An estate that consistently wins the enthusiasm of our members, Domaine de la Renaudie is in fact itself owned by a family of wine enthusiasts in the form of husband-and-wife partnership Patricia and Bruno Denis and their daughter Charlotte. It was established in 1928 by Albert Denis, with just two hectares.

Charlotte returned to the family domaine in 2016 to take over the winemaking from Patricia and Bruno, who still prefers his work in the vineyards. This is a modest family-run operation, but one that has worked hard over the years to develop the quality and character of their wines, drawing on their experience further afield in the industry (Patricia trained in Bordeaux, Charlotte did placements in Rutherglen and the Cape). Their intentions are simple: to make elegant wines that will bring pleasure to lovers both of wine and of life. Since Charlotte joined her parents, crops have been planted between the vines for nitrogen or water retention, and no sulphur is used during fermentation, giving the wines a readier, fruity expression.

Situated in Mareuil-sur-Cher in the south of the Touraine region of Val de Loire, their vineyards lie on the slopes of the river Cher’s left bank in the terroir de Chenonceaux (the new appellation which Patricia was involved in establishing, releasing the first vintage in 2011). They farm 30 hectares of vineyards, the majority of which are sauvignon blanc and gamay, plus cabernet and malbec and small amounts of chenin blanc, chardonnay, pinot noir and pineau d’aunis. There has always been malbec planted - a favourite of Albert Denis, whose name is honoured on the varietal bottling - and it is now benefiting from the impact of climate change, allowing less extraction. Sustainable practices are followed, with certification from Terra Vitis for many years, and HVE from the 2020 vintage.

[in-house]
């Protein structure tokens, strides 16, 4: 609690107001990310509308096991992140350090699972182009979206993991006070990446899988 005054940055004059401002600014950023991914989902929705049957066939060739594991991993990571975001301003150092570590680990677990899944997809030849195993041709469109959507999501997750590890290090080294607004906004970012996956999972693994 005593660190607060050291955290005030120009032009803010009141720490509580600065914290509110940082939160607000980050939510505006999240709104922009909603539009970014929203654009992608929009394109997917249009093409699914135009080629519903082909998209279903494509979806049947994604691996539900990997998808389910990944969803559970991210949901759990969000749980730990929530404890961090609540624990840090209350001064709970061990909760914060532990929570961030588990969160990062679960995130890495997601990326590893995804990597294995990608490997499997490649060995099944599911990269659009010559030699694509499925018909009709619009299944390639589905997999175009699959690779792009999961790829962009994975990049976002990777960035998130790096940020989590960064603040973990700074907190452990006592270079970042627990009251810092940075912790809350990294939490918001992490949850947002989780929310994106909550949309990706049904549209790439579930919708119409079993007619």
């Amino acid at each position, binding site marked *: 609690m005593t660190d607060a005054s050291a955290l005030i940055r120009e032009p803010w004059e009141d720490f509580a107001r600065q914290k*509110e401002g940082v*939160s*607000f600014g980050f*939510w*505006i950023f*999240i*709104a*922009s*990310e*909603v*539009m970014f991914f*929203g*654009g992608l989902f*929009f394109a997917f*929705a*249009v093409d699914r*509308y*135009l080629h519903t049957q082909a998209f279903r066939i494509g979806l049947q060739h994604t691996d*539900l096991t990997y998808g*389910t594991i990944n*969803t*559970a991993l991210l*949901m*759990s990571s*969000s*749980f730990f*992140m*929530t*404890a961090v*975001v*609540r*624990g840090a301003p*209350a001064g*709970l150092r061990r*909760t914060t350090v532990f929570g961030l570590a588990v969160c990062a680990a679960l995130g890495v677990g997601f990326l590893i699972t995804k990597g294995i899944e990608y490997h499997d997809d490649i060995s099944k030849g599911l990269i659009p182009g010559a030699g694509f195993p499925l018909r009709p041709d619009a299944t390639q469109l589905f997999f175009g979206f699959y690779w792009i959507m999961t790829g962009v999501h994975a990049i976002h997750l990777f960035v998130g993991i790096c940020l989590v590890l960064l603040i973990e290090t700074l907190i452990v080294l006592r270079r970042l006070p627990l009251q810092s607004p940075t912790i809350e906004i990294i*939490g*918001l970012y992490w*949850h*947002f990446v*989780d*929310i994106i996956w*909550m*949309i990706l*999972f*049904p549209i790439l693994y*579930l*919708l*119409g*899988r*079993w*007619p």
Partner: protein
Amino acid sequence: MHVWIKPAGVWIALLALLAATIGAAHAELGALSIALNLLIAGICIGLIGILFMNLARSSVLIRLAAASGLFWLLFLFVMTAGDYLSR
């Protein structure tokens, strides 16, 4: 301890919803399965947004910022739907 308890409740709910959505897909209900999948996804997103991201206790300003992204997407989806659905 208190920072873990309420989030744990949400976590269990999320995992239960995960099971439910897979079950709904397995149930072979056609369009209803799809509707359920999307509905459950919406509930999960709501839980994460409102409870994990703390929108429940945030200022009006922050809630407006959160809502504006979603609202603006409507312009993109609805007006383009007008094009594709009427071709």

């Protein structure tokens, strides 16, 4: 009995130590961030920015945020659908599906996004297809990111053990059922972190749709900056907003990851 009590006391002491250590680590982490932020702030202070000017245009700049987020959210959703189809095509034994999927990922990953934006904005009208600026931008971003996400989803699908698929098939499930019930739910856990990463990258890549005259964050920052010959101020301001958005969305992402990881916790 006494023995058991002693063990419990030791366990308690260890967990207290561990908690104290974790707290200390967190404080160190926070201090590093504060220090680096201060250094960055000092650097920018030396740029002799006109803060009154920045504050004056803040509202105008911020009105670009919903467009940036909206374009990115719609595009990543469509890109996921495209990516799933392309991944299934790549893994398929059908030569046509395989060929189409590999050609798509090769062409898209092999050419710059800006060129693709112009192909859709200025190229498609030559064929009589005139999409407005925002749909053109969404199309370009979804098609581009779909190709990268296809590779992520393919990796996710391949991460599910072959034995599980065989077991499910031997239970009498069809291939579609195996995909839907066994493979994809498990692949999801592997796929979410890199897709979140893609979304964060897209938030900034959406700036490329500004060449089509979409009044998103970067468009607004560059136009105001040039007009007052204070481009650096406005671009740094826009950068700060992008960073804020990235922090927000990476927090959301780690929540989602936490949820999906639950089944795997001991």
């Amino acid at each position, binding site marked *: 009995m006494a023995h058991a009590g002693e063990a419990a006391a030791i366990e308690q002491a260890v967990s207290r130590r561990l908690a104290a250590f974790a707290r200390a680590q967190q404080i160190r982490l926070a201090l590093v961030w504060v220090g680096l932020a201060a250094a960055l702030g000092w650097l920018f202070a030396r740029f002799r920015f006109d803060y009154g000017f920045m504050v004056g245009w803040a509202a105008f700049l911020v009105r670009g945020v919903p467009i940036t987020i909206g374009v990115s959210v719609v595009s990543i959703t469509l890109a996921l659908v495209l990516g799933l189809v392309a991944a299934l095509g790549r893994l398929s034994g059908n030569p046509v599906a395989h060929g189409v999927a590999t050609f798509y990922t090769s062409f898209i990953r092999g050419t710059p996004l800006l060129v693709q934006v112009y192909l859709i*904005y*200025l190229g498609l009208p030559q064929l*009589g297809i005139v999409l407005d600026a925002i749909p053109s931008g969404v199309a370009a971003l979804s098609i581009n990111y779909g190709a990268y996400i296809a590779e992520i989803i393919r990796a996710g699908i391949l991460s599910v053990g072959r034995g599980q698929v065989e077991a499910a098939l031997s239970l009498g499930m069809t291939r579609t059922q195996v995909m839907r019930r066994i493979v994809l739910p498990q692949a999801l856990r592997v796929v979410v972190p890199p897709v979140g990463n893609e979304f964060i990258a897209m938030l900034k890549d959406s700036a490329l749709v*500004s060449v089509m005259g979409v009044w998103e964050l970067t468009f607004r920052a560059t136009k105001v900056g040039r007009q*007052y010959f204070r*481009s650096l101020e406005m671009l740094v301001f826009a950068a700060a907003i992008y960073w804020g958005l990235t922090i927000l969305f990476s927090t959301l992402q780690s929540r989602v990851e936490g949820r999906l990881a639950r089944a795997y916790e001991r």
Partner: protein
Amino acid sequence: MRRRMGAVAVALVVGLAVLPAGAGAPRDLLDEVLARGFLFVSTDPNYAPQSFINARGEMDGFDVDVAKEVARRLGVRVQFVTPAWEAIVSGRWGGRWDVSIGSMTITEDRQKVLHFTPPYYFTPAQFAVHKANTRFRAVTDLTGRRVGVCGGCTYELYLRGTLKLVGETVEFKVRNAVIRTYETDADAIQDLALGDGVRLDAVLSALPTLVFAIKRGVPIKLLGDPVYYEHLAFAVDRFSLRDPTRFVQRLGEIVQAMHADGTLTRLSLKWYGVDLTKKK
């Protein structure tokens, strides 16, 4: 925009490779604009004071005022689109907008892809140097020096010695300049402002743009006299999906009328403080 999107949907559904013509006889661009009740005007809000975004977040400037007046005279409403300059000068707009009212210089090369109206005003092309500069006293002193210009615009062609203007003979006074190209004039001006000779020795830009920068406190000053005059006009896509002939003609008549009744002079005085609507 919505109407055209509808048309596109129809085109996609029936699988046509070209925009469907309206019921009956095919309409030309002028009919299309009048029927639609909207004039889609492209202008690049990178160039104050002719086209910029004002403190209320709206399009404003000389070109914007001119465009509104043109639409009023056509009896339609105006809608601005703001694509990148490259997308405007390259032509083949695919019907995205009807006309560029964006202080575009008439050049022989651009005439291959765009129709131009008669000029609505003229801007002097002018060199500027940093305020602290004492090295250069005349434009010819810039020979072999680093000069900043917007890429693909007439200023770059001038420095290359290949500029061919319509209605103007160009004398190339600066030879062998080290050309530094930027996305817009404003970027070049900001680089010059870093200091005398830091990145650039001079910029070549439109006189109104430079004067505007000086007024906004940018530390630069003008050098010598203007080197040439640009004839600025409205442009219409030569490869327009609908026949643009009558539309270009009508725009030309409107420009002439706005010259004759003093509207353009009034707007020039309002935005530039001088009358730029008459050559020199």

The sandy clay soils are covered with stones that capture heat from the sunshine and release it at night to keep temperatures moderated in the vineyard. Combined with the continental, temperate climate, this means that grapes can ripen slowly and retain their natural aromatic character.

Visitors are guaranteed a warm welcome in the tasting room and cellar - look out for the green bottle roadsign in the garden of the Denis' home.